[ ... ]

It is impossible to overestimate the importance of the scientific management movement in the shaping of the modern corporation and indeed all institutions of capitalist society which carry on labor processes. The popular notion that Taylorism has been "superseded" by later schools of industrial psychology or "human relations," that it "failed"--because of Taylor's amateurish and naive niews of human motivation or because it brought about a storm of labor opposition or because Taylor and various successors antagonized workers and sometimes management as well--or that it is "outmoded" because certain Taylorian specifics like functional foremanship or his incentive-pay schemes have been discarded for more sophisticated methods: all these represent a woeful misreading of the actual dynamics of the development of management.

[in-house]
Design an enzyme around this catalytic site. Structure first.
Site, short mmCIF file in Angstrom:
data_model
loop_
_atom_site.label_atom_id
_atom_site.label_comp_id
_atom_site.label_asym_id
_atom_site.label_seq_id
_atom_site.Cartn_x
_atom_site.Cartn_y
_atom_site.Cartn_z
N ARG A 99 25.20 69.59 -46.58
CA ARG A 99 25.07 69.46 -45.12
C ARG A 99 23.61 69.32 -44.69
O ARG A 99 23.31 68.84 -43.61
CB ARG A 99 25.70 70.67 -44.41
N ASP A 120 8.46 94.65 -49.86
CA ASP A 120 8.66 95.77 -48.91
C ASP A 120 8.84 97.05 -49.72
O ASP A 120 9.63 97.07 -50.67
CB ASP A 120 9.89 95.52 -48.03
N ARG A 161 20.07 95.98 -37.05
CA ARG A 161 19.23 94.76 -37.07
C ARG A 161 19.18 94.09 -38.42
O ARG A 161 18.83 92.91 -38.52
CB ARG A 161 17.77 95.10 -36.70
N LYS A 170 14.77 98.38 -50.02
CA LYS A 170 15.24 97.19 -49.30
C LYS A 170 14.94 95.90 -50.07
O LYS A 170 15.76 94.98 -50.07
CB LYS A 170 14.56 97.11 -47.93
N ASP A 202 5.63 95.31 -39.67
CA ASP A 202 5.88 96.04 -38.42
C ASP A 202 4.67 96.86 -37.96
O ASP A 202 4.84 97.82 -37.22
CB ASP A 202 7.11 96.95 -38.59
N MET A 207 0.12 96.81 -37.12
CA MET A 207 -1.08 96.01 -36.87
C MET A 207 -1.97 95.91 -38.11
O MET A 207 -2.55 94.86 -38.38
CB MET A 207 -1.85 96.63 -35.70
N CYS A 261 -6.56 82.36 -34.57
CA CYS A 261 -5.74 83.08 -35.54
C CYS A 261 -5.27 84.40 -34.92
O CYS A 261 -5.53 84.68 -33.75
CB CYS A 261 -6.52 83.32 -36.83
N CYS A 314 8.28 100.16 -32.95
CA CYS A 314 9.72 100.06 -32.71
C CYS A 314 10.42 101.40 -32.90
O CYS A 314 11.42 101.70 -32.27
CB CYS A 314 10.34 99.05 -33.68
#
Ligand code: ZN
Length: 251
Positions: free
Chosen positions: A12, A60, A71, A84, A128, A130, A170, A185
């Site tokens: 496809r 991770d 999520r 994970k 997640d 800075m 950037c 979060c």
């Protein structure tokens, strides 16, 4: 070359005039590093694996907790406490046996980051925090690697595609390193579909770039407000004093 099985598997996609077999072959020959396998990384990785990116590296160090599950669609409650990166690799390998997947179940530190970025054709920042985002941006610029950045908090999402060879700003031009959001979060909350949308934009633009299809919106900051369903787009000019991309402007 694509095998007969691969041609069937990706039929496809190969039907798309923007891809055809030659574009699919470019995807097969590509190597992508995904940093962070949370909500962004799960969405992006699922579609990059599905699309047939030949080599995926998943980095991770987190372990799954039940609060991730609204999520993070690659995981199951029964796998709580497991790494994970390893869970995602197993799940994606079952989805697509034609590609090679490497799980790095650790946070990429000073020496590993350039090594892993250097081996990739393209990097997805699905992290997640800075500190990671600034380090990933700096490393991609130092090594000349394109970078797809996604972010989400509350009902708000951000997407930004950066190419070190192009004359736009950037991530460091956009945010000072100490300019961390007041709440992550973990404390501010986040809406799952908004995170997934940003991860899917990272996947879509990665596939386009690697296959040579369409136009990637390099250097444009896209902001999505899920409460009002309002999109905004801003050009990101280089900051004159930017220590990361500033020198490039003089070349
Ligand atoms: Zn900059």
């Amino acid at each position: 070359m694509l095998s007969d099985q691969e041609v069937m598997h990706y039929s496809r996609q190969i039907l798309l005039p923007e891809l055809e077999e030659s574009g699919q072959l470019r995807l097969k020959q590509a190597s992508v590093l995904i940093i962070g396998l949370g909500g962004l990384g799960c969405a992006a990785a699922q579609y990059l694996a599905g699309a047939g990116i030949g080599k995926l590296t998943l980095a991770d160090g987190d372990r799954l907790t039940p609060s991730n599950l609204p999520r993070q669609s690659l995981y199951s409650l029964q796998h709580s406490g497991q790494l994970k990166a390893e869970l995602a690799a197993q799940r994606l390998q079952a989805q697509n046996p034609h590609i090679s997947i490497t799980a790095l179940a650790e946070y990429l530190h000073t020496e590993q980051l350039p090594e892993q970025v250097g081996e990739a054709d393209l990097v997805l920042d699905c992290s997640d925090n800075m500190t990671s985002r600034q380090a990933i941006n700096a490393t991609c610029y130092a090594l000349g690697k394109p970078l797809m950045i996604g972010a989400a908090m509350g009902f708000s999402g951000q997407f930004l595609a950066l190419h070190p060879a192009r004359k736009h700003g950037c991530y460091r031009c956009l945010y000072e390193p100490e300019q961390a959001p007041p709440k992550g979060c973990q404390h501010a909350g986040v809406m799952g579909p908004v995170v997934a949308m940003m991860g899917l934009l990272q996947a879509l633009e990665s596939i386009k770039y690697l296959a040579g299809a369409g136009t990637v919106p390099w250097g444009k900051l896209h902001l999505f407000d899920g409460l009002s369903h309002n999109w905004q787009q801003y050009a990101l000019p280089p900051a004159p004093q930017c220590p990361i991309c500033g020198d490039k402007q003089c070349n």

Taylor dealt with the fundamentals of the organization of the labor process and of control over it. [ ... ] If Taylorism does not exist as a separate school today, that is because, apart from the bad odor of the name, it is no longer the property of a faction, since its fundamental teachings have become the bedrock of all work design.[주]2  [ ... ]